This year Shimano unveiled a new line of rods and reels called the SLX.
They have many of the same features as more expensive Shimano products, look and feel great, and retail for under $100.
They have been getting attention from bass anglers, including Tim Little of TacticalBassin.
His initial thoughts on the baitcast reel and both spinning and casting rods were that they could easily sell for more than their price tag shows.
The Best Choice for the Budget Minded
Little and TacticalBassin partner Matt Allen are known for their excellent content covering bass fishing gear and have the opportunity to try a host of products. Little is also known for his Record Spotted Bass catch.
They have tested several rods and reels in this price range and have come away very impressed with the SLX lineup.
“The price point is definitely budget friendly, and these rods and reels feel like they should cost much more. We’ve tried a whole bunch of rods and reels that are under $100, and they may seem good at first, but they don’t hold up to hard use,” says Little who added that he has put the Shimano SLX baitcast reel and 7’2” heavy SLX rod to the test this year for big Clear Lake bass. “I used that combo all year for power techniques like flipping, frogging, and power fishing stuff and it has held up great.”
High-End Tech at a Lower Price
Some of the technology that Shimano uses for their higher priced baitcasting reels has been shared with the SLX. “It has a similar feel to the Curado K, but it is costs less,” says Little.
The SLX features a Hagane Body that Shimano includes to keep it feeling solid while at the same time reducing weight. The SLX also has a Variable Breaking System that aids in casting distance and helps to minimize backlashes.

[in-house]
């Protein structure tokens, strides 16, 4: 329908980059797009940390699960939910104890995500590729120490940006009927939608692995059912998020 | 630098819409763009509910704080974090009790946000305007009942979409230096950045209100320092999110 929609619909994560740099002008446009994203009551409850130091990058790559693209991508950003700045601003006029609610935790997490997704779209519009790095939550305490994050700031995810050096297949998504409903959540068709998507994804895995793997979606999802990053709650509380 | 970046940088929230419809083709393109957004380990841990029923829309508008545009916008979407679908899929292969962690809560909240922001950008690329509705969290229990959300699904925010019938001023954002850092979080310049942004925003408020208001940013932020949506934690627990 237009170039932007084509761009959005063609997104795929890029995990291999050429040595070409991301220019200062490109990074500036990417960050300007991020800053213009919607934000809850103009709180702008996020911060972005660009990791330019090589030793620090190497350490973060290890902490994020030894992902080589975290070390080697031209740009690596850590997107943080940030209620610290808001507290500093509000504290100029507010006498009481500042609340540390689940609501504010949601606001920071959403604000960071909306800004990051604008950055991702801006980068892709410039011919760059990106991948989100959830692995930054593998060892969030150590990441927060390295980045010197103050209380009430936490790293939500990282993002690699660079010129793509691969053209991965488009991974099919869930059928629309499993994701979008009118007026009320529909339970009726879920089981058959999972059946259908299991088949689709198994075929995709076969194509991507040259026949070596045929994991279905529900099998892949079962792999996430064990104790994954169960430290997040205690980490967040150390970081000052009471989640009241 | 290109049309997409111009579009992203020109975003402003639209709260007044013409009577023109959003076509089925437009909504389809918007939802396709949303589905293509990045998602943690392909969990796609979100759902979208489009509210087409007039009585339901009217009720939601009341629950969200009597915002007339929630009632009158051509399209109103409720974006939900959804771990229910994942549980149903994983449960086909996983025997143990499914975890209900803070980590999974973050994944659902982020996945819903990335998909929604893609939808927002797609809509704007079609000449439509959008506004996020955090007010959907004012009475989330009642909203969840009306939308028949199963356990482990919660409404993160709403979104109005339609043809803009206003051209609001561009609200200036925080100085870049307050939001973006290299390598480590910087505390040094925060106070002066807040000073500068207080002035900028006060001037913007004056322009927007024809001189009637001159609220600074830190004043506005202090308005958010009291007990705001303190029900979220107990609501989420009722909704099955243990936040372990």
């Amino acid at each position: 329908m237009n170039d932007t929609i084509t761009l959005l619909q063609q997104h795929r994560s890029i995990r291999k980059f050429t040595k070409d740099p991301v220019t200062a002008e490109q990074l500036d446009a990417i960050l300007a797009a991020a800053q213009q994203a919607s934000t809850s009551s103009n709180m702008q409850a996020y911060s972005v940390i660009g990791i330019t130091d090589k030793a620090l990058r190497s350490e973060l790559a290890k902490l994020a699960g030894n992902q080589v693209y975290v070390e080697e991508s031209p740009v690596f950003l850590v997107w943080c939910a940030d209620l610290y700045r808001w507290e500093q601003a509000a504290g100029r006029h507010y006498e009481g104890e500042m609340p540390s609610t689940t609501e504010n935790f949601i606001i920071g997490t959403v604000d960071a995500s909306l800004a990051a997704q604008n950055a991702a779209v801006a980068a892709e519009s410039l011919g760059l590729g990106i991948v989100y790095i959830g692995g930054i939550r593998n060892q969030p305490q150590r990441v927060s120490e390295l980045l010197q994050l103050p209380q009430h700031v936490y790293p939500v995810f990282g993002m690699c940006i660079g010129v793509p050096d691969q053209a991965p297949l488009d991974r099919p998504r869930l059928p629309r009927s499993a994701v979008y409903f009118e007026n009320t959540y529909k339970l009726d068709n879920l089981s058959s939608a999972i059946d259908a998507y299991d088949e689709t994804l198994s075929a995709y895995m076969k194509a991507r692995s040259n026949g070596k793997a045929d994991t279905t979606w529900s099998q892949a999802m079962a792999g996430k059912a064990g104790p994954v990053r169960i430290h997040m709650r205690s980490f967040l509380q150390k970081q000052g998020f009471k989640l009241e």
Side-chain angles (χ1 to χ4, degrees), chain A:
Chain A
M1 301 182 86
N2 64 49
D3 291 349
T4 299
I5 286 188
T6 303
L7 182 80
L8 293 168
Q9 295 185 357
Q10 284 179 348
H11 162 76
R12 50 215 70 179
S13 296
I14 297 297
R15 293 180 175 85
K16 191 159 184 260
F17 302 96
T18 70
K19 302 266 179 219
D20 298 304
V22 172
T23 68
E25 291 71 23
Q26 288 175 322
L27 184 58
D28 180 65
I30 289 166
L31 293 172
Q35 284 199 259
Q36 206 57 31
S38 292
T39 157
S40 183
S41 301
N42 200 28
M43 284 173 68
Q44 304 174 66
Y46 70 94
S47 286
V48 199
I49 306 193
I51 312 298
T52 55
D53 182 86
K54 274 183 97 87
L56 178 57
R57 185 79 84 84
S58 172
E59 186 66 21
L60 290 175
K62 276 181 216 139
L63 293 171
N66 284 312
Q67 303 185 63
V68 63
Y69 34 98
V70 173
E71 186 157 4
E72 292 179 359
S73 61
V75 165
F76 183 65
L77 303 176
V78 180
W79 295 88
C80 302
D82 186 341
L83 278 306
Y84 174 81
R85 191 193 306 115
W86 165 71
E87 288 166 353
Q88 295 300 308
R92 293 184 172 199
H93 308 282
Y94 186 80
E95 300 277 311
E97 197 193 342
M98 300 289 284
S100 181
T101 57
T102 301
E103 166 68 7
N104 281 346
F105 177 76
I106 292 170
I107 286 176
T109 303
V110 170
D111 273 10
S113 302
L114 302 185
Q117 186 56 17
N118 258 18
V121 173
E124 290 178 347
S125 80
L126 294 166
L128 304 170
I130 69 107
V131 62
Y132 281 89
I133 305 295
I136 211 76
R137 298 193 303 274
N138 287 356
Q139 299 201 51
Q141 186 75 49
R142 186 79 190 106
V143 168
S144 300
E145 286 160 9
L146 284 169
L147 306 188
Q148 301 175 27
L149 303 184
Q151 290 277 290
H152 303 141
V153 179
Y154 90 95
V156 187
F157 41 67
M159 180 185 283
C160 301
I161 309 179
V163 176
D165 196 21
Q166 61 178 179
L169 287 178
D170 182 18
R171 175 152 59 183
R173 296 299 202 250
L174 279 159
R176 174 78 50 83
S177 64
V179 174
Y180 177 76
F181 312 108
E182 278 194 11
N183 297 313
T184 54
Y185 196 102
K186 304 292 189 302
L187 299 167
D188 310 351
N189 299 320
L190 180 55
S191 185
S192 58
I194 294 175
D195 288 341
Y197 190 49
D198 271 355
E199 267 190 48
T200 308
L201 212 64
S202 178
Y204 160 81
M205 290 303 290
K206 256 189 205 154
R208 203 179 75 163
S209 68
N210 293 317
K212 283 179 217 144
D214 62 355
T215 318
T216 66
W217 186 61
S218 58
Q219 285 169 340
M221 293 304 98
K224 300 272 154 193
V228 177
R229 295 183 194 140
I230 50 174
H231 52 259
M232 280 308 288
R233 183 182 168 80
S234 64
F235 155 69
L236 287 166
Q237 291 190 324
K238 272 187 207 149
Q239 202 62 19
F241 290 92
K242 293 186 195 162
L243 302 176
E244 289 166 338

The reel is offered in both right and left-hand retrieves and in three gear ratios that cover just about any situation. The SLX comes in 6.3:1, 7.2:1, and 8.2:1 and each of the models weigh 6.9 ounces. The drag power ranges between 11 and 12-pounds based on the model and all of them feature a 3+1 bearing system that includes three quality ball bearings and a roller bearing.
The SLX lineup consists of nine casting models and four spinning models. While they do not offer an SLX spinning reel, Little has paired the rods with a NASCI reel that keeps the total combo price at less than $200. He has used several of the rods and shared his experiences with them and what he is using them for.
Here is Little’s rundown of four of models, starting with the one that he says is the most versatile of the bunch.
- 7’2” Medium-Heavy Casting Rod - Little says this rod can do just about everything. “It is a great all-purpose rod for throwing just about everything in your tackle box. It is great for jigs, buzzbaits, small swimbaits, ChatterBaits, Horny Toads, and more,” he says.
- 7’5” Heavy Casting Rod – This rod has been excellent for frogs, topwaters and swimbaits according to Little.
- 6’10” Medium Casting Rod – Little has used this rod for a few different techniques. “It is a great rod for throwing weightless Senkos but doubles as a jerkbait rod,” he says.
- 7’ Medium Spinning Rod - This is a rod that Little has found to be useful for heavier finesse techniques. “It is good for Texas-rigs, shaky heads with bigger worms and anytime you are around bigger fish but still need to use finesse techniques on spinning tackle,” adds Little.
“The rods are lighter than many other rods in this price range, and I have weighed them to be sure. They are also very comfortable, and like the reels, they feel like they should cost more than they do,” he says.
When it comes to specifications, the SLX rods have some great qualities that make them light, sensitive and strong. Starting with a 24-ton carbon construction to the titanium oxide guides, they look and feel like a quality rod. They feature comfortable high-density EVA grips with a carbon foregrip and a custom reel seat to round out the package.
Shimano has been on a roll in the past few years with several great rods and reels for bass anglers from the entry-level price point to the enthusiast level.
Little says he has been blown away with the quality they have been putting out, and the $99 SLX rods and baitcast reel continues that trend.
“I have not found a better rod or reel that retails for under $100 than the SLX,” he says.
While the price may be budget-friendly, the technology and quality of the SLX are enough to satisfy the beginner to the experienced bass angler.